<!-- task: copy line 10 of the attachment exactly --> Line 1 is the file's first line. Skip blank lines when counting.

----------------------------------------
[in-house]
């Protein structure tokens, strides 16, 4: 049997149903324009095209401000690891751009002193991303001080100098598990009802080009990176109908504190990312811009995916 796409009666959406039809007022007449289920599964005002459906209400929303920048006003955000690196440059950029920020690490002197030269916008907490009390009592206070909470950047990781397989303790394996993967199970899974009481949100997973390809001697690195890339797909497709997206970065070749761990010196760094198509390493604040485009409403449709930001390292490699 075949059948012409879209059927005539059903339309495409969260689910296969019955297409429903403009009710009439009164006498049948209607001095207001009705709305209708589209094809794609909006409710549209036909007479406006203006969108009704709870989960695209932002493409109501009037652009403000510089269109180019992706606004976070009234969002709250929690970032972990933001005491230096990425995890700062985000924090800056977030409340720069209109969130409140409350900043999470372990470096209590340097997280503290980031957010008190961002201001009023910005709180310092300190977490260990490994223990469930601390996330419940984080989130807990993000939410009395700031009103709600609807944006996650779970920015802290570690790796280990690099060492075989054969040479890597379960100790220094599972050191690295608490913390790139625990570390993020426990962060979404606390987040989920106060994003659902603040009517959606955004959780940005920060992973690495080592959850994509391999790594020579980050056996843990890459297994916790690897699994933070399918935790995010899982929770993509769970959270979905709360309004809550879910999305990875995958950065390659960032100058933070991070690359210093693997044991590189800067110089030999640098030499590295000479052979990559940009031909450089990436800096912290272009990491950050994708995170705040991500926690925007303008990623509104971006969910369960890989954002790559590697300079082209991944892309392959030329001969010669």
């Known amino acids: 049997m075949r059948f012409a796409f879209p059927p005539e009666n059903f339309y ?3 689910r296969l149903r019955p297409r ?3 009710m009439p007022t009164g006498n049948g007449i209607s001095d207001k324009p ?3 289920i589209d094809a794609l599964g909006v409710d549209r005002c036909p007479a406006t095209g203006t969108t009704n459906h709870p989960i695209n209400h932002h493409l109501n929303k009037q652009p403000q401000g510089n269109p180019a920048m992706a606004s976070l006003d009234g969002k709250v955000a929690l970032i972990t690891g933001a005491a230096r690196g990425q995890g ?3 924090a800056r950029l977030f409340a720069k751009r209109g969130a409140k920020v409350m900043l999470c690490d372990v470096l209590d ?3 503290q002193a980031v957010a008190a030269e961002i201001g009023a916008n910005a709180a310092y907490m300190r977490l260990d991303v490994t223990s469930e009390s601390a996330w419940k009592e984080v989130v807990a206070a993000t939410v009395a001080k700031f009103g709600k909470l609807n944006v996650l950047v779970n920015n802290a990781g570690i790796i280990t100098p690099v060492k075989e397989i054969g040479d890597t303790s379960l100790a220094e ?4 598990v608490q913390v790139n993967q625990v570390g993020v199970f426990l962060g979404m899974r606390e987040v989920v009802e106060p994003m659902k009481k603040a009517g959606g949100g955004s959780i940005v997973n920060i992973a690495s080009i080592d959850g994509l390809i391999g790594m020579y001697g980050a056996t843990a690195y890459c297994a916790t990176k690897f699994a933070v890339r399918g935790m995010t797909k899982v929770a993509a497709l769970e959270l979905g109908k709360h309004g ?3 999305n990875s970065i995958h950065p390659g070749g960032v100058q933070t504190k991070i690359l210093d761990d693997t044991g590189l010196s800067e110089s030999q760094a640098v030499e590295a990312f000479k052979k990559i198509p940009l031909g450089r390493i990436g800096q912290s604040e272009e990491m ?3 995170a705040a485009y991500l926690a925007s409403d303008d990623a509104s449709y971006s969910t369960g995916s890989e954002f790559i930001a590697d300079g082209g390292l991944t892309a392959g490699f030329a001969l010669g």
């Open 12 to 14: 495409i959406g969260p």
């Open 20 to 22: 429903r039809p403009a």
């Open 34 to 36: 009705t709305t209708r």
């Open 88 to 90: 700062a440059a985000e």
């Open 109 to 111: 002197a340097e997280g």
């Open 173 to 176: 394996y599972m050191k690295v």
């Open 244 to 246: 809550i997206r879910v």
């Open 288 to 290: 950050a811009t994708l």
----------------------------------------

């Open 244 to 246: 809550i997206r879910v």